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Sifting through the ashes: Humanitarian group prepares to help fire victims


On the well-worn Peggy’s Cove Road, there’s something new at the aging legion -- a field headquarters for a unique organization, now lending a hand after the Tantallon wildfire.

Team Rubicon Canada, a veteran-led humanitarian organization, arrived in Halifax this week to respond to the aftermath of the fires in Tantallon, and help lead the community through recovery efforts.

“We don’t self deploy,” said Steve MacBeth, Team Rubicon Canada’s chief operating officer.

“We work hand in hand with the community, and then with the homeowners, and that’s a really important partnership that we respect because what you don’t want to do is add a problem by showing up at the wrong time, doing the wrong thing,” said MacBeth.

Founded by some U.S. marines, Rubicon started as a response to the Haitian earthquake.

“The Canadian wing actually started because of the wildfire in Fort MacMurray in 2016,” said MacBeth.

“Similar to what we see here, it was Canadians who had then served down with the American organization. They came up and Team Rubicon was born from that fire.”

Some of the fire victims have now started the dangerous and heartbreaking task of combing through what's left of homes.

Andrew Vey managed to salvage some military medals, jewelry and coins on Monday.

"I thought maybe if I could take one small thing away at least for each person - if I could find something," Vey told CTV News.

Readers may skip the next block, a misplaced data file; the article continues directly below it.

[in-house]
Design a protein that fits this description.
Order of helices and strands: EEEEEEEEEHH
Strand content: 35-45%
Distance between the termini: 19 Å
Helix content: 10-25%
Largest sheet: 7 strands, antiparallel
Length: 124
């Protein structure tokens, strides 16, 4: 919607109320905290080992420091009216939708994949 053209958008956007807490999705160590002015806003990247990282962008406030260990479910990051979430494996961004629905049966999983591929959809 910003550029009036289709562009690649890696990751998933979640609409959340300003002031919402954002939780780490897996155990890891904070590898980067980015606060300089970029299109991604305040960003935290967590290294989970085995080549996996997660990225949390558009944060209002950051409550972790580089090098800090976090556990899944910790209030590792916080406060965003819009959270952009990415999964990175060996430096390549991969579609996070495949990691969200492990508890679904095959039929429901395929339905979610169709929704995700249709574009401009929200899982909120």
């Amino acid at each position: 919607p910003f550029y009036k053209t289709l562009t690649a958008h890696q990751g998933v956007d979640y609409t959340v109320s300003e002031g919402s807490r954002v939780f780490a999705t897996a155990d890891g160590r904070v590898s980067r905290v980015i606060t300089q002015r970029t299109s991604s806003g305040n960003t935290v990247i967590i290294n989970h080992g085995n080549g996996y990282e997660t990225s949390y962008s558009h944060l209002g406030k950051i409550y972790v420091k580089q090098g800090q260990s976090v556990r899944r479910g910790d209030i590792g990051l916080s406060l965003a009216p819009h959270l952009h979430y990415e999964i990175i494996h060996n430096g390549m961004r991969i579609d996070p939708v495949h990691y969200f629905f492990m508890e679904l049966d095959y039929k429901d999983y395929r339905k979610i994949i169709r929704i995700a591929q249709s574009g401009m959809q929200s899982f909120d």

Once they’re set-up, their focus will be on helping the victims by literally sifting through the ashes.

“We take that on for them so they can maybe enjoy some small piece that remains after the tragedy,” said MacBeth.

The team includes specialists like Brandy Alexander, a map maker in the military who jumped at the chance to utilize her skills in a place where they’re needed.

“I felt there might be a need here on the ground to support with the geospacial component,” Alexander told CTV News Wednesday.

While both the Nova Scotia fires are officially considered “under control,” the investigation into what caused them is ongoing.

“All wildfires are investigated, although it’s not always possible to pinpoint the exact cause,” Department of Natural Resources and Renewables spokesperson Patricia Jreige told CTV News via email.

“Investigations into the wildfires of the last two weeks are still ongoing. These wildfires were most likely caused by people in one way or another, though, because there have been no reports of lightning strikes.”

Back at the legion, where donations for fire victims are piling-up inside, would-be volunteers like Rick Hattin are showing up, hoping to help in any way they can.

Hattlin lives in the area and was prepared to evacuate when the fires broke out.

“We thought we were safe. Then we realized were weren’t safe, and, you just drive down Hammonds Plains Road, and you realize, ‘Good God’," he said.

Rubicon hopes to be helping victims as early as Saturday.

For Saskatchewan-born MacBeth, it’s a hands-on opportunity to assist those who may be feeling overwhelmed.

“Obviously, these events are incredibly traumatic and tragic in someone’s life,” he said.

“What we hope to do, prior to the rebuild occurring, is give the homeowner an opportunity to move back into the structure, where we take on the risk and the hard, sweaty work and maybe finding something that’s survived that connects them with their past.”

“Because, right now, they’re looking at what was, they have to deal with what is, and they have to start thinking about what will be,” he said.

For more Nova Scotia news visit our dedicated provincial page. Top Stories

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